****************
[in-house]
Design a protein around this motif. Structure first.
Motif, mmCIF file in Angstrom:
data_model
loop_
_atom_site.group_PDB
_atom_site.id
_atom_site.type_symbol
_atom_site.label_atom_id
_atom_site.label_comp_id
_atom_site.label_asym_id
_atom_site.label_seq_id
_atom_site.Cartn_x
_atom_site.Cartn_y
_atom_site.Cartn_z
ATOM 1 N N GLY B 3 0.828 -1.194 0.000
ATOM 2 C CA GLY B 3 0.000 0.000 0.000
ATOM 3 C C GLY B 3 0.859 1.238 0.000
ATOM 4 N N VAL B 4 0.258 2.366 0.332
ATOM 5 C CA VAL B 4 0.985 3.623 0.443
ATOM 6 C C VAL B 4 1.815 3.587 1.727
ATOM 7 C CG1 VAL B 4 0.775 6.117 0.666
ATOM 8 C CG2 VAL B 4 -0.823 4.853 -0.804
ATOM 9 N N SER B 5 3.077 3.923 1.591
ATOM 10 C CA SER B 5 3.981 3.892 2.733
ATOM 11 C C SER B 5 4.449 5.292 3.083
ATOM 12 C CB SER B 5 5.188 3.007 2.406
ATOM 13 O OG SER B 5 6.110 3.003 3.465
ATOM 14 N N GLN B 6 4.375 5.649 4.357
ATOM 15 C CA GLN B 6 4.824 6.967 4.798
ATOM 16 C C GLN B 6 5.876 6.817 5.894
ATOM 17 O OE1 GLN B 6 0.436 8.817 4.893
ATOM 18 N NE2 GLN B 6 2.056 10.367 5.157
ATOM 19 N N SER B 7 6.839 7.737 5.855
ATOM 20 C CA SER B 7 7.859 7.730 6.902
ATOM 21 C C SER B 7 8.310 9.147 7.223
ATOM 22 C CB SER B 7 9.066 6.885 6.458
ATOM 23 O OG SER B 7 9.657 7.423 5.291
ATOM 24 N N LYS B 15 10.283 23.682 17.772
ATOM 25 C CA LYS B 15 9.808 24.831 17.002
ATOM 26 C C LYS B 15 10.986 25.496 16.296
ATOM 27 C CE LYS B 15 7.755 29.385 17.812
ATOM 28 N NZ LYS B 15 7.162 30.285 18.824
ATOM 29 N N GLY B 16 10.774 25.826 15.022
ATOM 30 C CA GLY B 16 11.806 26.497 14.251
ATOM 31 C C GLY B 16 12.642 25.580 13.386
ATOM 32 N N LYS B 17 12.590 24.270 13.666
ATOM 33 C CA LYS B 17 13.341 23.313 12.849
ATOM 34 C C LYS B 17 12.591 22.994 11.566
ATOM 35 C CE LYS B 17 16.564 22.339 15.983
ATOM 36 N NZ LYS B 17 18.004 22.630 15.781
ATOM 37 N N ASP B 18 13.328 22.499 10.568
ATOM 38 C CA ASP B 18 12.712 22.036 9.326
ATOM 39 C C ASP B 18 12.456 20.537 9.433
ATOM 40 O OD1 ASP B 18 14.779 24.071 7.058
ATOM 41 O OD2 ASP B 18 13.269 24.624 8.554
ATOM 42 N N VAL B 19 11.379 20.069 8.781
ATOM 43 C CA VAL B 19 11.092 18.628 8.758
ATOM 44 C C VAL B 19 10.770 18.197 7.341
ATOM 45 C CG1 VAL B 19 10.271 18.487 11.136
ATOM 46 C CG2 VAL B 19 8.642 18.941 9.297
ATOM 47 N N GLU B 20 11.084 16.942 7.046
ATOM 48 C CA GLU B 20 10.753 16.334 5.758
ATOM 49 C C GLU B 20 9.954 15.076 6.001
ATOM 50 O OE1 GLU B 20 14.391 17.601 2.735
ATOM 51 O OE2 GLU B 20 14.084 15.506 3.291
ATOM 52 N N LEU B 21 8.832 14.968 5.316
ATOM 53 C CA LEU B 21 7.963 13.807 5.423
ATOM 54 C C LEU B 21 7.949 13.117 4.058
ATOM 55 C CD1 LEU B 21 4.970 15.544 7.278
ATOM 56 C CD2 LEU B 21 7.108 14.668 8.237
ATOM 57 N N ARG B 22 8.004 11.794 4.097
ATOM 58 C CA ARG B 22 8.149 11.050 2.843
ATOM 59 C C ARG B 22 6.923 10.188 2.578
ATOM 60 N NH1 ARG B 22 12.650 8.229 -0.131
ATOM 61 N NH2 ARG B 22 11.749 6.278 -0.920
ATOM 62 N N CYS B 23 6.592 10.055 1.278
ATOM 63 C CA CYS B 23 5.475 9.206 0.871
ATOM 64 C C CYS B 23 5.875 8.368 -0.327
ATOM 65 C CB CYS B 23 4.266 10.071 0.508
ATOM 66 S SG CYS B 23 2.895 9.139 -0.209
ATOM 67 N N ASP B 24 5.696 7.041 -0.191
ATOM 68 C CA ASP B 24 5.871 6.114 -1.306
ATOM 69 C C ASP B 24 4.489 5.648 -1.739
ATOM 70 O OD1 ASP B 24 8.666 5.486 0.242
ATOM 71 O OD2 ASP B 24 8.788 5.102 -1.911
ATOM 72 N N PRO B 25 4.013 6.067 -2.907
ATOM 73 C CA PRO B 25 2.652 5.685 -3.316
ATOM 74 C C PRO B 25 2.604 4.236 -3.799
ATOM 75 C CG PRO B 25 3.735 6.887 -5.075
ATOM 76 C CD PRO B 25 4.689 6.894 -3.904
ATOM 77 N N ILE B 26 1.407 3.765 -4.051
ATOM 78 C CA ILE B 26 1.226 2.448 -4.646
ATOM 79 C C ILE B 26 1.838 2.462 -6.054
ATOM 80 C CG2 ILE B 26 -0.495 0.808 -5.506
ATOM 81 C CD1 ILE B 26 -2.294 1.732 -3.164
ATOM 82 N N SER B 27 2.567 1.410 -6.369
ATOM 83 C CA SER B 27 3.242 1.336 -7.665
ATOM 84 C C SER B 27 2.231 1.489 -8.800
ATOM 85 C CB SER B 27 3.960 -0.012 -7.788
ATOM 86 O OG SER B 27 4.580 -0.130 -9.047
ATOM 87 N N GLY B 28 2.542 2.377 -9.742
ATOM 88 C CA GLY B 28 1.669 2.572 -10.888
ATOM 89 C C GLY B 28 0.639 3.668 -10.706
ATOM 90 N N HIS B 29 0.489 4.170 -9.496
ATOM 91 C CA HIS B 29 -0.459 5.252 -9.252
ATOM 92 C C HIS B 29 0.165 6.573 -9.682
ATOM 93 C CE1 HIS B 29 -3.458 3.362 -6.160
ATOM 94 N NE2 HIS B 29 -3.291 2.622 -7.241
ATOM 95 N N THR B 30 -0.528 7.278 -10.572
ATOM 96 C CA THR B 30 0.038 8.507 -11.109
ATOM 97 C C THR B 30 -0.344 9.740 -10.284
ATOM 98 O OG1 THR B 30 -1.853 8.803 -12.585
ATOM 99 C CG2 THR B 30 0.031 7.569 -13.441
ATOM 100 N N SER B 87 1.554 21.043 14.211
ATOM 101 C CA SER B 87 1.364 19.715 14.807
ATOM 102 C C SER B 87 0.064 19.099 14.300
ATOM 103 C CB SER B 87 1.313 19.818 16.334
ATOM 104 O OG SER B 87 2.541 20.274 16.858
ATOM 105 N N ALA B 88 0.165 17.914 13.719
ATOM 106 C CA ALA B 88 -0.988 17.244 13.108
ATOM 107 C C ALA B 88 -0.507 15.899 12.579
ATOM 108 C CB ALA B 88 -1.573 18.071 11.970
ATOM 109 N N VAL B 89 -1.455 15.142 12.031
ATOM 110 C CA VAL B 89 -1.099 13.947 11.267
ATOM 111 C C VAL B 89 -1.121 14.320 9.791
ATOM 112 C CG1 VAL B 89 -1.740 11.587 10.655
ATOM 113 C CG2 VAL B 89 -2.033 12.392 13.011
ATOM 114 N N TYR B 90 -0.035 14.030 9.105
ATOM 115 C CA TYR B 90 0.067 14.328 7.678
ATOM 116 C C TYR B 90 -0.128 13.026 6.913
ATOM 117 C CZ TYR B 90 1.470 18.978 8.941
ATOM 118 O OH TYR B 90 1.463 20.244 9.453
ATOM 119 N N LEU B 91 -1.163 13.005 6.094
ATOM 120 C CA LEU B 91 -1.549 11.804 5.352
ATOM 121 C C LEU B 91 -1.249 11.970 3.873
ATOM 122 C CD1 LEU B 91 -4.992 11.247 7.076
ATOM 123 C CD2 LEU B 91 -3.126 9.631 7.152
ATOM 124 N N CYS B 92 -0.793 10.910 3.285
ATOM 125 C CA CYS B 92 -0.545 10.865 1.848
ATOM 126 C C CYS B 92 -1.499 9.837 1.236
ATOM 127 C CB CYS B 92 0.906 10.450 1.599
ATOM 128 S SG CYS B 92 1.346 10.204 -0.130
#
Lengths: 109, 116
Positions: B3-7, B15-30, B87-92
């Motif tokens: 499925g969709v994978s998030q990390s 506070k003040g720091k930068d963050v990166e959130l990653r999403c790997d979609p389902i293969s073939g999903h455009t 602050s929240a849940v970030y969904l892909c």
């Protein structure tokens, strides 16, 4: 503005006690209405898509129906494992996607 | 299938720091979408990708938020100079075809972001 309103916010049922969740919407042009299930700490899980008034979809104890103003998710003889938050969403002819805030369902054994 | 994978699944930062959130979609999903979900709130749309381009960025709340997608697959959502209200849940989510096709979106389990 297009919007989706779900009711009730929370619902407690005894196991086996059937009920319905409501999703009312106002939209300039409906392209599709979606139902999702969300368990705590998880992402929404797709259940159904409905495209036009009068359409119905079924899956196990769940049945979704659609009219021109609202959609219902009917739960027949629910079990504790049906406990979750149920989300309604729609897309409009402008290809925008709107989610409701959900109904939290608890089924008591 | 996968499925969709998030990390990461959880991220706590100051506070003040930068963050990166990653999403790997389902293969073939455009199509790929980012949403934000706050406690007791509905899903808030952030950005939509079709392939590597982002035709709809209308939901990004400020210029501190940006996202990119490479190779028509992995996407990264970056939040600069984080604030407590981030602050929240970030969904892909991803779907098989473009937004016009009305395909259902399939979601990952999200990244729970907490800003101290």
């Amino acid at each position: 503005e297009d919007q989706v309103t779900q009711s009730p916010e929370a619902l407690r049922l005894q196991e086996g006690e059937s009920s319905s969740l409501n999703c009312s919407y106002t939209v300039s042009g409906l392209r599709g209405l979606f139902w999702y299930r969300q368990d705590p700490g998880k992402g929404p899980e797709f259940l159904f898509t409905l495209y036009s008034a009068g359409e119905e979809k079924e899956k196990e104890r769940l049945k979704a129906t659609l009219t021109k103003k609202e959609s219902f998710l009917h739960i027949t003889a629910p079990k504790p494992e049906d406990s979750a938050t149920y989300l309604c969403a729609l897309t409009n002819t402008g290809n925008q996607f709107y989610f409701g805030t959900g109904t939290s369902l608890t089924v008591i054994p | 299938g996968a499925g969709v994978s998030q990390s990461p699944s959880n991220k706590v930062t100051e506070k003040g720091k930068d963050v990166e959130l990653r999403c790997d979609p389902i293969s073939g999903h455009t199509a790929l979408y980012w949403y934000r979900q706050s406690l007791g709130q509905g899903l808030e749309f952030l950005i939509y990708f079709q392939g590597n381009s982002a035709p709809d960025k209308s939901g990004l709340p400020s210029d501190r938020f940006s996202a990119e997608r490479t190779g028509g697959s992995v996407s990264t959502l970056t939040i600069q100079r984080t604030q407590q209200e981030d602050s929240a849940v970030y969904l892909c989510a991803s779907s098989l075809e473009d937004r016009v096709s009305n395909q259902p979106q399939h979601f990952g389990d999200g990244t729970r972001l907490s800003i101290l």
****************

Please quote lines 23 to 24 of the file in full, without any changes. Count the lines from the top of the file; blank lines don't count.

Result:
ATOM 8 C CG2 VAL B 4 -0.823 4.853 -0.804
ATOM 9 N N SER B 5 3.077 3.923 1.591